WARNER BROS has released "SUPERMAN RETURNS" in three formats, HD-DVD, BLU-RAY and DVD. Director Bryan Singer allegedly turned down "X-3" for the opportunity to direct this film, and while it's not as gripping or satisfying as his first "X-MEN" film, it's well-crafted, and it's hard to think of any other director that could've done a better job than what's done here. The film succeeds in as many ways as it fails. Singer deserves credit for trying to revision the Man of Steel's story as well as pay homage to Richard Donner's earlier film. The opening sequence, involving a bizarre death and our introduction to Kevin Spacey as Lex Luthor, just doesn't start the film off on the right track. And, as good as the film often is, it's hard not to blame other flaws all from the beginning scene. The re-invention of the drama, introduces Lois as already having a child and a different man in her life as well. Still, she does pine for "Superman", but it never, for a moment, feels like Clark Kent could have a chance with this girl. Not ever! Singer is trying to be much more reflective in this film than one would expect for a film about a superhero. He deserves kudos for his attempts. But, the kind of slower-paced, reflective moments within "SUPERMAN RETURNS" are better suited for a Wim Wenders film.
Spacey is great in his role, and the film has plenty of tender, heart-felt scenes. The flashbacks of Clark as a young boy, dodging through and above his farm's cornfields, are terrific! There should've been more focus on the younger Clark. That's also what gave Donner's original "Superman" film such magic. There are some dynamic action scenes as well, particularly with Superman coming to the rescue of a space shuttle, as well as others. But, there are some scenes just drastically in need of editing, particularly the whole finale at sea.
All in all, "SUPERMAN RETURNS" is worth viewing. It has a heart and for those with more patience than this reviewer, there's a lot to enjoy, and revisit.
The HD-DVD has been encoded with 1080p/VC-1 and a 2.35:1 aspect ratio. Colors are extremely vibrant, and seldom over-saturated. The detail is impressive, although the image tends to have a soft appearance coinciding with lack of depth in select portions of the film. While most scenes appear to jump off of the screen, these soft ones, while still impressive, appear flat. There are also large chunks of the film wherein the design is intentionally dark, and while it never as dark or foreboding as a Tim Burton, film, it may have done better with a brighter look.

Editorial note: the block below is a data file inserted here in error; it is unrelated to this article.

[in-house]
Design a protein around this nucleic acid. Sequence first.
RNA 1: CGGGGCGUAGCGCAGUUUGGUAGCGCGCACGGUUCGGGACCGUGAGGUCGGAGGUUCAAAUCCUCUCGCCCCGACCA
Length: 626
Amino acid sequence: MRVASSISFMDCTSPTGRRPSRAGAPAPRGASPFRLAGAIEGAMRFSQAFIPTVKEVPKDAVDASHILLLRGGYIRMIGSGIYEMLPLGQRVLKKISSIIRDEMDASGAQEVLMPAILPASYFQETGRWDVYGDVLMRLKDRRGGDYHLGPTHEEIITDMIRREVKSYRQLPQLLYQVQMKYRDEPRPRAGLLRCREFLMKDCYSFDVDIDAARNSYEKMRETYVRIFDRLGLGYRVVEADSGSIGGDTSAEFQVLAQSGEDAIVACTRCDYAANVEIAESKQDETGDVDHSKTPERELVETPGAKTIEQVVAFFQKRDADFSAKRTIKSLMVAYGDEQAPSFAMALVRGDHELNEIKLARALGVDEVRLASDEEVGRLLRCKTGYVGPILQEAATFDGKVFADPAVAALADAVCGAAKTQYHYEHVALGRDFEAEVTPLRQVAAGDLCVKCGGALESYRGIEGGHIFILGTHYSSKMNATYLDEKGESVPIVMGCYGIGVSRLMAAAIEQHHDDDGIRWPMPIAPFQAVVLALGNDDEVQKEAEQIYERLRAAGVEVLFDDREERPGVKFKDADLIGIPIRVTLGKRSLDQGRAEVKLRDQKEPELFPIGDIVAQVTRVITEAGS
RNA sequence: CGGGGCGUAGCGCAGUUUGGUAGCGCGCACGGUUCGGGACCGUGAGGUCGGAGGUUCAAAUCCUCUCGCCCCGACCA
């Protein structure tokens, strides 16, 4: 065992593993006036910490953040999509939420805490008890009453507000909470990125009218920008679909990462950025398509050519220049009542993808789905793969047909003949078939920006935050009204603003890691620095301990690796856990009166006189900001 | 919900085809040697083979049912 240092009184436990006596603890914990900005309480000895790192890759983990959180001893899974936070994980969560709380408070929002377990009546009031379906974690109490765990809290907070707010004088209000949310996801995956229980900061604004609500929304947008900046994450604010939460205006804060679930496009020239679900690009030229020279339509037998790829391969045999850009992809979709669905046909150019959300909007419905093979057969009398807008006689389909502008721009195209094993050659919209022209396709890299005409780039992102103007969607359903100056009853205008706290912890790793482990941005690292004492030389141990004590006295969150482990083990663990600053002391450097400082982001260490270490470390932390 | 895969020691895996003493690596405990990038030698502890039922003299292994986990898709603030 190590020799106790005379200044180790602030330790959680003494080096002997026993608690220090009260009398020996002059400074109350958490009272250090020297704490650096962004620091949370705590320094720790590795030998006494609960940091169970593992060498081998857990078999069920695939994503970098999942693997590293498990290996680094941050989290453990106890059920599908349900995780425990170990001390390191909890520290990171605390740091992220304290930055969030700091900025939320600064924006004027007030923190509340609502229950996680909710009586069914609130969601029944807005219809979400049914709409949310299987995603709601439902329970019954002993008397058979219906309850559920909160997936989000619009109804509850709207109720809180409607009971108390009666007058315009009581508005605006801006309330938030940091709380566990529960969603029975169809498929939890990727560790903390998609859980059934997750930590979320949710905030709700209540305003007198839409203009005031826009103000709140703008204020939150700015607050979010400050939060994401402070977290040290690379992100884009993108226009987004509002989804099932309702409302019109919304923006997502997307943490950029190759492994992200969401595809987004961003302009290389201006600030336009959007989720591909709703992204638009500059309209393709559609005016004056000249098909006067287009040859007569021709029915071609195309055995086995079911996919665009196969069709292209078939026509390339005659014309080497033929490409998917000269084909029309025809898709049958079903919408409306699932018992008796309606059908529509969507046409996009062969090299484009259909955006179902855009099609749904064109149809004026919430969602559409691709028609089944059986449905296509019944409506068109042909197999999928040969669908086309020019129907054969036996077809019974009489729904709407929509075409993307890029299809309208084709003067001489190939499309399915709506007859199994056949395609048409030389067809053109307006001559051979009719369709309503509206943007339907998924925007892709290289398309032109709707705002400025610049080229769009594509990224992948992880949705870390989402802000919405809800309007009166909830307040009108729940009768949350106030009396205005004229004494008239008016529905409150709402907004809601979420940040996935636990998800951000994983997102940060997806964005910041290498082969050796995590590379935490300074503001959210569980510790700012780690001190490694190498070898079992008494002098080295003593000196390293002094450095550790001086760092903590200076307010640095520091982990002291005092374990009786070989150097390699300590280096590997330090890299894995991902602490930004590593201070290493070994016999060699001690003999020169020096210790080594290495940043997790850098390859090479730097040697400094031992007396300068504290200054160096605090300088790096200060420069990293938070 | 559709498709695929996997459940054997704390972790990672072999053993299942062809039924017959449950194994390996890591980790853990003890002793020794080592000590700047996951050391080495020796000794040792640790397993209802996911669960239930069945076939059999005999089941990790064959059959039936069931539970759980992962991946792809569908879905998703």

WARNER BROS. has included a Dolby TrueHD 5.1 mix. WOW!!! It's a stunner! From beginning to end, it's impressive in every way imaginable! Fidelity is wonderful, the dynamic range is amongst the best in existence, allowing quieter moments to be as stunning as louder ones. When Clark flies with Lois above the clouds, the way sounds disappear and come to the forefront, is simply amazing! When Superman tries to stop an aircraft from crashing, the listener is engulfed in some of the best 360 degree effects ever created! Dialogue is always intelligible and free from distortion. BRAVO!!!
Singer has created an extensive, exhaustive documentary for this release, "Requiem for Krypton: Making Superman Returns". It's great, and at 173 minutes, never dull!!! There are also 14 minutes of deleted scenes, all in HD!!!
In addition to this, the standard dvd is provided on the opposite side of this HD-DVD!!! A great deal!
The 2.35:1 aspect ratio is intact with 16:9 enhancement. Colors are vibrant, though never as bold as in the HD-DVD version. The image is generally slick, however, darker scenes appear to have some grain present that wasn't noticeable on HD-DVD.
The Dolby Digital 5.1 mix is solid and often aggressive, with the same standout scenes(aircraft trouble,etc) engulfing the audience. There are plenty of bass effects as well, but none of these offer the same fidelity found in the Dolby TrueHd 5.1 version.
WARNER BROS. has provided a 1080p/VC-1 transfer with 2.35:1 aspect ratio on a BD-50 Dual layer disc. Even with more room than the HD-DVD version, there is no detectable difference in quality. Both offer stellar images, although the flat image coinciding with softness can be semi-distractive, as most of the film is so packed with depth.
The Dolby Digital 5.1 mix is great, but in no way comparable to the HD-DVD Dolby TrueHd offering. This is even more annoying considering Playstation 3 is equipped with Dolby TrueHD capability! Still, it's on the level with performance as many of the better 5.1 mixes on dvd. Listeners will not be disappointed with the aggressiveness, as there are great moments of silence and action, all displayed with great fidelity. It's just that Dolby TrueHd appears to offer better transition between effects.
The extras are the same on all three formats!